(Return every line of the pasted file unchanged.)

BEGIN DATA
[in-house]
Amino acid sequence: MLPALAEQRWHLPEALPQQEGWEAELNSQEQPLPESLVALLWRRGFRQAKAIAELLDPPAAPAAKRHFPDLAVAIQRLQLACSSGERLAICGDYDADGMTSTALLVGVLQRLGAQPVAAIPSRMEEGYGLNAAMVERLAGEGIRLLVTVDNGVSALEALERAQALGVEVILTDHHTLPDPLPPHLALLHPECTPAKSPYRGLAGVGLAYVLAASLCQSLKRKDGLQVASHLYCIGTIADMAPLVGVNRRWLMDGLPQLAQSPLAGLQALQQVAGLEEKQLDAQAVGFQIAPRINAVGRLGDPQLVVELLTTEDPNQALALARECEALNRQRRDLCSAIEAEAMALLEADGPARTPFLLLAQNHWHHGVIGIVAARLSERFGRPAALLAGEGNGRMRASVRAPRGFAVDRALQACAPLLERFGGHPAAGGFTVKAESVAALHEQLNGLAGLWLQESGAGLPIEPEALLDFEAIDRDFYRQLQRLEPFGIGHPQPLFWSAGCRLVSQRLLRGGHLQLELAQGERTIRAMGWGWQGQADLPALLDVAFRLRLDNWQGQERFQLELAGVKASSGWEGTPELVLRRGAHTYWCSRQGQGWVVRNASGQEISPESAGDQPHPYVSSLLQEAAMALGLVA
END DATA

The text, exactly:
[in-house]
Amino acid sequence: MLPALAEQRWHLPEALPQQEGWEAELNSQEQPLPESLVALLWRRGFRQAKAIAELLDPPAAPAAKRHFPDLAVAIQRLQLACSSGERLAICGDYDADGMTSTALLVGVLQRLGAQPVAAIPSRMEEGYGLNAAMVERLAGEGIRLLVTVDNGVSALEALERAQALGVEVILTDHHTLPDPLPPHLALLHPECTPAKSPYRGLAGVGLAYVLAASLCQSLKRKDGLQVASHLYCIGTIADMAPLVGVNRRWLMDGLPQLAQSPLAGLQALQQVAGLEEKQLDAQAVGFQIAPRINAVGRLGDPQLVVELLTTEDPNQALALARECEALNRQRRDLCSAIEAEAMALLEADGPARTPFLLLAQNHWHHGVIGIVAARLSERFGRPAALLAGEGNGRMRASVRAPRGFAVDRALQACAPLLERFGGHPAAGGFTVKAESVAALHEQLNGLAGLWLQESGAGLPIEPEALLDFEAIDRDFYRQLQRLEPFGIGHPQPLFWSAGCRLVSQRLLRGGHLQLELAQGERTIRAMGWGWQGQADLPALLDVAFRLRLDNWQGQERFQLELAGVKASSGWEGTPELVLRRGAHTYWCSRQGQGWVVRNASGQEISPESAGDQPHPYVSSLLQEAAMALGLVA